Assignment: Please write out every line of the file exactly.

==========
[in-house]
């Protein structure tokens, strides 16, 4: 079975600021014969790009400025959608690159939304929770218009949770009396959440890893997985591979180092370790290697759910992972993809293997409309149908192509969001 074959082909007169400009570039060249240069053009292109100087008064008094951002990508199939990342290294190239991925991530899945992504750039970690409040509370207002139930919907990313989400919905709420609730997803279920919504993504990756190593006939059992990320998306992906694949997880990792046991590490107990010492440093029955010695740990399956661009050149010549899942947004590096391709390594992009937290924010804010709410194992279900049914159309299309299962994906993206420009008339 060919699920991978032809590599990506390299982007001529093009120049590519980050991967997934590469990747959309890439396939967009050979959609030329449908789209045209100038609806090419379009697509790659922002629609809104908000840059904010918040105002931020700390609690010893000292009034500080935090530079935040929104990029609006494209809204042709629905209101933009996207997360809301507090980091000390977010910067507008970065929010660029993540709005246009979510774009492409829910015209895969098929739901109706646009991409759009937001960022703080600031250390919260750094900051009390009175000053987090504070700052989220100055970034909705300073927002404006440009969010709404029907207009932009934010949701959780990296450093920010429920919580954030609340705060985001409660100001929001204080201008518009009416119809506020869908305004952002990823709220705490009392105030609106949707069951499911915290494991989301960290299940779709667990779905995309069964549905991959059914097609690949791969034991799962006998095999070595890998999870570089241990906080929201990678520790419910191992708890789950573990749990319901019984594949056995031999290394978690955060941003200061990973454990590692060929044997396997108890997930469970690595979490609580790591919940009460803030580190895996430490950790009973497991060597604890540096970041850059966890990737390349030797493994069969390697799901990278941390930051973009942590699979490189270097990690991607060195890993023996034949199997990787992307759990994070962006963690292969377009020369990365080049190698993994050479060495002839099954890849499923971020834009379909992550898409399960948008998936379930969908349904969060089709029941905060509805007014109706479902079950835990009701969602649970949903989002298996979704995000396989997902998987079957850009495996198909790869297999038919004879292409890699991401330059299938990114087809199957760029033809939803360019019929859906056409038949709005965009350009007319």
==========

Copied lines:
[in-house]
């Protein structure tokens, strides 16, 4: 079975600021014969790009400025959608690159939304929770218009949770009396959440890893997985591979180092370790290697759910992972993809293997409309149908192509969001 074959082909007169400009570039060249240069053009292109100087008064008094951002990508199939990342290294190239991925991530899945992504750039970690409040509370207002139930919907990313989400919905709420609730997803279920919504993504990756190593006939059992990320998306992906694949997880990792046991590490107990010492440093029955010695740990399956661009050149010549899942947004590096391709390594992009937290924010804010709410194992279900049914159309299309299962994906993206420009008339 060919699920991978032809590599990506390299982007001529093009120049590519980050991967997934590469990747959309890439396939967009050979959609030329449908789209045209100038609806090419379009697509790659922002629609809104908000840059904010918040105002931020700390609690010893000292009034500080935090530079935040929104990029609006494209809204042709629905209101933009996207997360809301507090980091000390977010910067507008970065929010660029993540709005246009979510774009492409829910015209895969098929739901109706646009991409759009937001960022703080600031250390919260750094900051009390009175000053987090504070700052989220100055970034909705300073927002404006440009969010709404029907207009932009934010949701959780990296450093920010429920919580954030609340705060985001409660100001929001204080201008518009009416119809506020869908305004952002990823709220705490009392105030609106949707069951499911915290494991989301960290299940779709667990779905995309069964549905991959059914097609690949791969034991799962006998095999070595890998999870570089241990906080929201990678520790419910191992708890789950573990749990319901019984594949056995031999290394978690955060941003200061990973454990590692060929044997396997108890997930469970690595979490609580790591919940009460803030580190895996430490950790009973497991060597604890540096970041850059966890990737390349030797493994069969390697799901990278941390930051973009942590699979490189270097990690991607060195890993023996034949199997990787992307759990994070962006963690292969377009020369990365080049190698993994050479060495002839099954890849499923971020834009379909992550898409399960948008998936379930969908349904969060089709029941905060509805007014109706479902079950835990009701969602649970949903989002298996979704995000396989997902998987079957850009495996198909790869297999038919004879292409890699991401330059299938990114087809199957760029033809939803360019019929859906056409038949709005965009350009007319």